OSHA comments from the January 19, 1989 Final Rule on Air Contaminants Project extracted from 54FR2332 et. seq. This rule was remanded by the U.S. Circuit Court of Appeals and the limits are not currently in force.
CAS: 111-84-2; Chemical Formula: CH3(CH2)7CH3
Previously, OSHA had no limit for nonane. The ACGIH has a TLV-TWA of 200 ppm for this colorless liquid. The proposed PEL was 200 ppm; NIOSH concurs that this limit is appropriate (Ex. 8-47, Table N1). The final rule promulgates an 8-hour TWA PEL for nonane of 200 ppm.
The toxicity of nonane is approximately equal to that of VM&P naphtha. Naphtha has a 4-hour inhalation LC(50) for rats of 3400 ppm, while nonane has an LC(50) of 3200 ppm (Carpenter, Kinkead, Geary et al. 1975a/Ex. 1-302; Carpenter, Geary, Myers et al. 1978/Ex. 1-301). These investigators found a no-effect level of 590 ppm nonane for rats exposed six hours/day, five days/week for a 65-day period; under the same exposure conditions, a no-effect level of 560 ppm was reported for rats exposed to VM&P naphtha (Carpenter, Kinkead, Geary et al. 1975a/Ex. 1-302; Carpenter, Geary, Myers et al. 1978/Ex. 1-301). Earlier studies of octane and heptane have resulted in much higher LC(50) values for mice, i.e., 13,500 ppm and 16,000 ppm, respectively, for 30- to 60-minute exposures (Flury and Zernik 1931j/Ex. 1-994). Swann and associates (1974/Ex. 1-124) have reported similarly high LD(50) values in mice for octane and hexane; mice died from respiratory arrest after 3 to 5 minutes of exposure to 16,000 ppm of octane or to 48,000 ppm of hexane (Swann, Kwon, and Hogan 1974/Ex. 1-124). The AFL-CIO (Ex. 194) and the United Auto Workers (Ex. 197) favor a 10 ppm PEL for all petroleum solvents and urge OSHA to consider a lower PEL.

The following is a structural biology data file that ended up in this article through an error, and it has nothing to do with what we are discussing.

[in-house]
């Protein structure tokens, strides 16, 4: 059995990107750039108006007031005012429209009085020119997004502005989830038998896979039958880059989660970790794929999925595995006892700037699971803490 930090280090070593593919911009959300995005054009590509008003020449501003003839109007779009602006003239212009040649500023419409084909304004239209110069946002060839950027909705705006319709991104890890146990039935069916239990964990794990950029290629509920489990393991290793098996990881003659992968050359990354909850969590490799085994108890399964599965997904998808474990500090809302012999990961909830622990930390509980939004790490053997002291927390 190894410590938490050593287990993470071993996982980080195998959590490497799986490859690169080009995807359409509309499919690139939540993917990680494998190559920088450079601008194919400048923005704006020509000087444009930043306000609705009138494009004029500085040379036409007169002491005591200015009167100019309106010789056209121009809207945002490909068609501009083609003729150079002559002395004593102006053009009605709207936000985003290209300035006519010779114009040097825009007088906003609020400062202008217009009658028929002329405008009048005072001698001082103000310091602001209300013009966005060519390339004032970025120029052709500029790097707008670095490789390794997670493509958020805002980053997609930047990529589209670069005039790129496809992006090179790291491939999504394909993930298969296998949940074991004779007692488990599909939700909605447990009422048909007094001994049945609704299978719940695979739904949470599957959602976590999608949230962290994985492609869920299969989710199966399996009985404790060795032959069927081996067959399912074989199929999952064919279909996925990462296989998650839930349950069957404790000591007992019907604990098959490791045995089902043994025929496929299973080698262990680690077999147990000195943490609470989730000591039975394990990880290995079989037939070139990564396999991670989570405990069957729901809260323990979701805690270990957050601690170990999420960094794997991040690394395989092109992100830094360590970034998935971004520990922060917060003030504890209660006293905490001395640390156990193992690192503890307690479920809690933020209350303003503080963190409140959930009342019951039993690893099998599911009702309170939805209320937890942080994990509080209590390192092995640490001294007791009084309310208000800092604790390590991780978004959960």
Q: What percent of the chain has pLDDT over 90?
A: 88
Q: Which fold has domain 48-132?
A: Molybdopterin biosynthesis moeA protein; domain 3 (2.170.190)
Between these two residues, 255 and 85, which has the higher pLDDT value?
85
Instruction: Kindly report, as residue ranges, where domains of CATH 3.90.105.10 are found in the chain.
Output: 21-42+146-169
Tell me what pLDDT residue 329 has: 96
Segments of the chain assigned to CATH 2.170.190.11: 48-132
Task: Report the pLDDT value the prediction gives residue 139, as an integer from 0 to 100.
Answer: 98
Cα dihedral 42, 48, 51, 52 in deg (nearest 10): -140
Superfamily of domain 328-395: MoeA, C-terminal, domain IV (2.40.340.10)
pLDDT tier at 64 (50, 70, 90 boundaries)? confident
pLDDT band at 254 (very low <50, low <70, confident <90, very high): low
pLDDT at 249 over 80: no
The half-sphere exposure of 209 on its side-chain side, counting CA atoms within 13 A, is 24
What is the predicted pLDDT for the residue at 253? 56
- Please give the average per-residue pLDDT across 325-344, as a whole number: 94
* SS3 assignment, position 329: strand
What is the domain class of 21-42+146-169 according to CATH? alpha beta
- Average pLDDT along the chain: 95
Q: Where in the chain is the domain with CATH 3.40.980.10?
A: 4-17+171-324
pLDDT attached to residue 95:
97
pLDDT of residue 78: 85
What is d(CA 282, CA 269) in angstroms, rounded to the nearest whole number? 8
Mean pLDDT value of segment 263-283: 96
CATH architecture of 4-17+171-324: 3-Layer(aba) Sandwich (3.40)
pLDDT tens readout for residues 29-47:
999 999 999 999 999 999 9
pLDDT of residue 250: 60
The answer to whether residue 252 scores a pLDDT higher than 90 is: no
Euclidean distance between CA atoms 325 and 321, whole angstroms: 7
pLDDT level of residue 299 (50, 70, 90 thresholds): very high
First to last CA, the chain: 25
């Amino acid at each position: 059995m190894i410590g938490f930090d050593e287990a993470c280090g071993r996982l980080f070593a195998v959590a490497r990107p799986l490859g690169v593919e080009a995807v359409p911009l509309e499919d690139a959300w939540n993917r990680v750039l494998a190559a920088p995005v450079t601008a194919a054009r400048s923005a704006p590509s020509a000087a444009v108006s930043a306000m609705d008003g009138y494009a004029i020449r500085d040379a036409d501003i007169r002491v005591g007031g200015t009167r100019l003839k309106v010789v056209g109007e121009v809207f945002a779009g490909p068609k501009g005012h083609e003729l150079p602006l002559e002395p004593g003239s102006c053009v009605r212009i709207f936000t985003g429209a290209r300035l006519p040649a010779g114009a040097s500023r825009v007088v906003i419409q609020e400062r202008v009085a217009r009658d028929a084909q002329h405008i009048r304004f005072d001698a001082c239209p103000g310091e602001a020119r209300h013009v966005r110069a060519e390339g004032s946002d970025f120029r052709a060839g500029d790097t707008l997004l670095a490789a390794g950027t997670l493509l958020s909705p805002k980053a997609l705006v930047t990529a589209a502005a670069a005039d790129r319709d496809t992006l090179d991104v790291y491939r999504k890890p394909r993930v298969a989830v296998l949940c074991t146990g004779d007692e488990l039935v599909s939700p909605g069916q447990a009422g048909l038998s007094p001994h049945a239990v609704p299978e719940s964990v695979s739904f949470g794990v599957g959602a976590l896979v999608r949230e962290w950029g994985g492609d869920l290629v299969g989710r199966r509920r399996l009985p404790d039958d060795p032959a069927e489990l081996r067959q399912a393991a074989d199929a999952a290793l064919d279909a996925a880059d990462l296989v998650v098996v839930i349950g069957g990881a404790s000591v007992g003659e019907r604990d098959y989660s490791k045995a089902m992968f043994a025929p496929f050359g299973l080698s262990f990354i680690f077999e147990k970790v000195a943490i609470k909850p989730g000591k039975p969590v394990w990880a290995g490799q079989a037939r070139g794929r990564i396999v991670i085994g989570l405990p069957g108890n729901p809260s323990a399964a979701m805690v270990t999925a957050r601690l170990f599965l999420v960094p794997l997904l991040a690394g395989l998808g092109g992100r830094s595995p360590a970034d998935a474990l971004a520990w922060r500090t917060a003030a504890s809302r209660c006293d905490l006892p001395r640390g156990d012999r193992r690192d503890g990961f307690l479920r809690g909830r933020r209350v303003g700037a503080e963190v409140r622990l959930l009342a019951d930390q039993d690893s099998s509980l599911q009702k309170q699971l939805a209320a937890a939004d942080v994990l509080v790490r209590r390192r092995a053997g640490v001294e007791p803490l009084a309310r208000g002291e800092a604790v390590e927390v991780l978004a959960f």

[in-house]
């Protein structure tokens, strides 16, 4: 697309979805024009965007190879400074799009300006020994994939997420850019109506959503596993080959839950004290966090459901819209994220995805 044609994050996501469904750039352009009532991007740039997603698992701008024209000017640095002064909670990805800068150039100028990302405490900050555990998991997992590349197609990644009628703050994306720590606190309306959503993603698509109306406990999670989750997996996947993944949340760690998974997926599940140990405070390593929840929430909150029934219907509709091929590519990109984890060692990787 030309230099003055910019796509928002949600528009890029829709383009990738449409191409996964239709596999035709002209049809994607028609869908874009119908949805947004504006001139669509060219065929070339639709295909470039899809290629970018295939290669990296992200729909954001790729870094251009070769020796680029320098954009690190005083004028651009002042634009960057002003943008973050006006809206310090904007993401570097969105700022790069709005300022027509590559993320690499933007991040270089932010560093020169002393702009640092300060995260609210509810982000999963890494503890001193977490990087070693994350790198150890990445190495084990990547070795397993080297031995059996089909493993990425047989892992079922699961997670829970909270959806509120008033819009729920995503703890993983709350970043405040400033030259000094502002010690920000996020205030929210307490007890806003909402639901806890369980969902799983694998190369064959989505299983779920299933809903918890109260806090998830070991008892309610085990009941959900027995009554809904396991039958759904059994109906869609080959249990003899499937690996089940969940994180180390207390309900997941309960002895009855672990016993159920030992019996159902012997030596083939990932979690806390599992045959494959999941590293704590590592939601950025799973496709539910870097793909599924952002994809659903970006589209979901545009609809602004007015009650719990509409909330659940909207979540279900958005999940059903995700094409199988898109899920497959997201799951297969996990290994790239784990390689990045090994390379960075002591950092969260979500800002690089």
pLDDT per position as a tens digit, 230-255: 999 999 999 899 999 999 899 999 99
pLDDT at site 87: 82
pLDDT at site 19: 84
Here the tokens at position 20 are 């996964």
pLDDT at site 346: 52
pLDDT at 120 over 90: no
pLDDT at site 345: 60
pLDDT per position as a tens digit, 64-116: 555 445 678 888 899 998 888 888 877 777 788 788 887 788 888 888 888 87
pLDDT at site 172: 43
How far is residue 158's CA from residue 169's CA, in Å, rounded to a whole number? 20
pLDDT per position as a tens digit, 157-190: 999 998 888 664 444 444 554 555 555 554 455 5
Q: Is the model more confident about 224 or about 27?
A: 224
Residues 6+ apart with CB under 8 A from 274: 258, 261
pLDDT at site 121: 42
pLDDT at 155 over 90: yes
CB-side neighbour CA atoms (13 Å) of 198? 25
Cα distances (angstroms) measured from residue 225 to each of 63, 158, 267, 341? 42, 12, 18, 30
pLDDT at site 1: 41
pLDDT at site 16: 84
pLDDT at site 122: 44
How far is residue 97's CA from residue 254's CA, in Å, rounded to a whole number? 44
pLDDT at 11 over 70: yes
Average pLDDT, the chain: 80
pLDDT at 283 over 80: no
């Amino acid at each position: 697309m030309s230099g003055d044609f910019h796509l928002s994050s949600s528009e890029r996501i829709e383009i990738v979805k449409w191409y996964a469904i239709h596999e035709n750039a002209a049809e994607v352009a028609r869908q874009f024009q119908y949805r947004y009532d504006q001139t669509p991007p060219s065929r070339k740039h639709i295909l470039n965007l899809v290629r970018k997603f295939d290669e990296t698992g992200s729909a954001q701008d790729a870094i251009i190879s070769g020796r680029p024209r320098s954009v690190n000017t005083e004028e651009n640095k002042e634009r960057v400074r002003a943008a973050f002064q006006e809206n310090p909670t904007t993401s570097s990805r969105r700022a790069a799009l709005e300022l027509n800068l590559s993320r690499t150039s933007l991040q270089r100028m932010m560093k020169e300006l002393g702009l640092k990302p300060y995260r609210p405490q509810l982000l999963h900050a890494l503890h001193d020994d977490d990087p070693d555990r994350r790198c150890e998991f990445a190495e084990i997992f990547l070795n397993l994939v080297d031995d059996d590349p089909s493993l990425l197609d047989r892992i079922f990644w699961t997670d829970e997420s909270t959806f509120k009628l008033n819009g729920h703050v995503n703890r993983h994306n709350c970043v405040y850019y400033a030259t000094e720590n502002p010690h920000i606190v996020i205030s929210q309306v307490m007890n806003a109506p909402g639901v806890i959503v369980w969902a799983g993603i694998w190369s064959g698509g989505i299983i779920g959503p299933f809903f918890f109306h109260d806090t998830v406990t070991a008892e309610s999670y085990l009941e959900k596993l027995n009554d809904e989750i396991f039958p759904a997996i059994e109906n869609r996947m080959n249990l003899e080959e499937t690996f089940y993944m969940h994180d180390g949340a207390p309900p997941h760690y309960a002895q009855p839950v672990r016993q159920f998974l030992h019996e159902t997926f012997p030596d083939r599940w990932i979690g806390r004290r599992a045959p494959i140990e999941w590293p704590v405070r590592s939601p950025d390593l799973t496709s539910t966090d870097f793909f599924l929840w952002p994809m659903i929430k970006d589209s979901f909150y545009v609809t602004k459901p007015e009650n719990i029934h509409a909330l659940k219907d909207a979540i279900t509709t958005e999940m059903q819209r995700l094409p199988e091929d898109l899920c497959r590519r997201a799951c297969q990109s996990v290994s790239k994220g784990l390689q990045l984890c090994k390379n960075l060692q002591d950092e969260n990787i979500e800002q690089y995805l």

In the final rule, OSHA establishes an 8-hour TWA limit of 200 ppm for nonane. The Agency concludes that this limit will protect workers against the significant risk of narcosis, a material impairment of health that is associated with exposure to nonane at levels above the new PEL.